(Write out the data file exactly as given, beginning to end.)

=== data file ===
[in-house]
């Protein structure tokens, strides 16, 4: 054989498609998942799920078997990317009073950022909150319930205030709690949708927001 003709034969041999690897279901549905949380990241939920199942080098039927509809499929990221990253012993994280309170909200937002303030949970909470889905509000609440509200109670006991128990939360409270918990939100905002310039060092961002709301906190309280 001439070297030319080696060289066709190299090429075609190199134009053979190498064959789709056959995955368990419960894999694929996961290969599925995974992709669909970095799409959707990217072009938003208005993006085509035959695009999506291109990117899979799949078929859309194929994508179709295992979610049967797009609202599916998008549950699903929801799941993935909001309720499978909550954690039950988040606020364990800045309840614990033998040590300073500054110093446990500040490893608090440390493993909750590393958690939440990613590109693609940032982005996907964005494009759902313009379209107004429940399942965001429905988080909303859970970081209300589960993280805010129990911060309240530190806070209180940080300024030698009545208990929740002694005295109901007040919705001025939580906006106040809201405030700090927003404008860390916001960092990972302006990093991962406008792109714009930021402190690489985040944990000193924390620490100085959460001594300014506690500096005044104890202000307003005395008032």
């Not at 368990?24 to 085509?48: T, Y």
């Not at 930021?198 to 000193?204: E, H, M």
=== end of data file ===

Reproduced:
[in-house]
């Protein structure tokens, strides 16, 4: 054989498609998942799920078997990317009073950022909150319930205030709690949708927001 003709034969041999690897279901549905949380990241939920199942080098039927509809499929990221990253012993994280309170909200937002303030949970909470889905509000609440509200109670006991128990939360409270918990939100905002310039060092961002709301906190309280 001439070297030319080696060289066709190299090429075609190199134009053979190498064959789709056959995955368990419960894999694929996961290969599925995974992709669909970095799409959707990217072009938003208005993006085509035959695009999506291109990117899979799949078929859309194929994508179709295992979610049967797009609202599916998008549950699903929801799941993935909001309720499978909550954690039950988040606020364990800045309840614990033998040590300073500054110093446990500040490893608090440390493993909750590393958690939440990613590109693609940032982005996907964005494009759902313009379209107004429940399942965001429905988080909303859970970081209300589960993280805010129990911060309240530190806070209180940080300024030698009545208990929740002694005295109901007040919705001025939580906006106040809201405030700090927003404008860390916001960092990972302006990093991962406008792109714009930021402190690489985040944990000193924390620490100085959460001594300014506690500096005044104890202000307003005395008032």
């Not at 368990?24 to 085509?48: T, Y």
């Not at 930021?198 to 000193?204: E, H, M």